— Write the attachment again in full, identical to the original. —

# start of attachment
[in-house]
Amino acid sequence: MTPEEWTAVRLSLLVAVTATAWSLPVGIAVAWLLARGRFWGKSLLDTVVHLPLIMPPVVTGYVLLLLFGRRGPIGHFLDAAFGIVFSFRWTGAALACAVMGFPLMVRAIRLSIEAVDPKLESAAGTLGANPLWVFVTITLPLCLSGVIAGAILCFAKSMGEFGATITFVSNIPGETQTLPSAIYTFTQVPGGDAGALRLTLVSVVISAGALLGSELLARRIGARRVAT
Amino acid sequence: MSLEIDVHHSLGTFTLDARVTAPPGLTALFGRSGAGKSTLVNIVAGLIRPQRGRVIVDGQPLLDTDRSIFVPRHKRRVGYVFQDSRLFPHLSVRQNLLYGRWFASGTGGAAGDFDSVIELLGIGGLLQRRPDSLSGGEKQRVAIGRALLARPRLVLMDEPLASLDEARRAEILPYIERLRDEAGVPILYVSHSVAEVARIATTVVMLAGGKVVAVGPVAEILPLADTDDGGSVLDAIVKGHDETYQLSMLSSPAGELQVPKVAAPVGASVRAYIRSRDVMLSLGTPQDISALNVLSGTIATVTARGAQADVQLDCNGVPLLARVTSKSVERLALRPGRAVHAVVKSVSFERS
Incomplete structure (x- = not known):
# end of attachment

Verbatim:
[in-house]
Amino acid sequence: MTPEEWTAVRLSLLVAVTATAWSLPVGIAVAWLLARGRFWGKSLLDTVVHLPLIMPPVVTGYVLLLLFGRRGPIGHFLDAAFGIVFSFRWTGAALACAVMGFPLMVRAIRLSIEAVDPKLESAAGTLGANPLWVFVTITLPLCLSGVIAGAILCFAKSMGEFGATITFVSNIPGETQTLPSAIYTFTQVPGGDAGALRLTLVSVVISAGALLGSELLARRIGARRVAT
Amino acid sequence: MSLEIDVHHSLGTFTLDARVTAPPGLTALFGRSGAGKSTLVNIVAGLIRPQRGRVIVDGQPLLDTDRSIFVPRHKRRVGYVFQDSRLFPHLSVRQNLLYGRWFASGTGGAAGDFDSVIELLGIGGLLQRRPDSLSGGEKQRVAIGRALLARPRLVLMDEPLASLDEARRAEILPYIERLRDEAGVPILYVSHSVAEVARIATTVVMLAGGKVVAVGPVAEILPLADTDDGGSVLDAIVKGHDETYQLSMLSSPAGELQVPKVAAPVGASVRAYIRSRDVMLSLGTPQDISALNVLSGTIATVTARGAQADVQLDCNGVPLLARVTSKSVERLALRPGRAVHAVVKSVSFERS
Incomplete structure (x- = not known):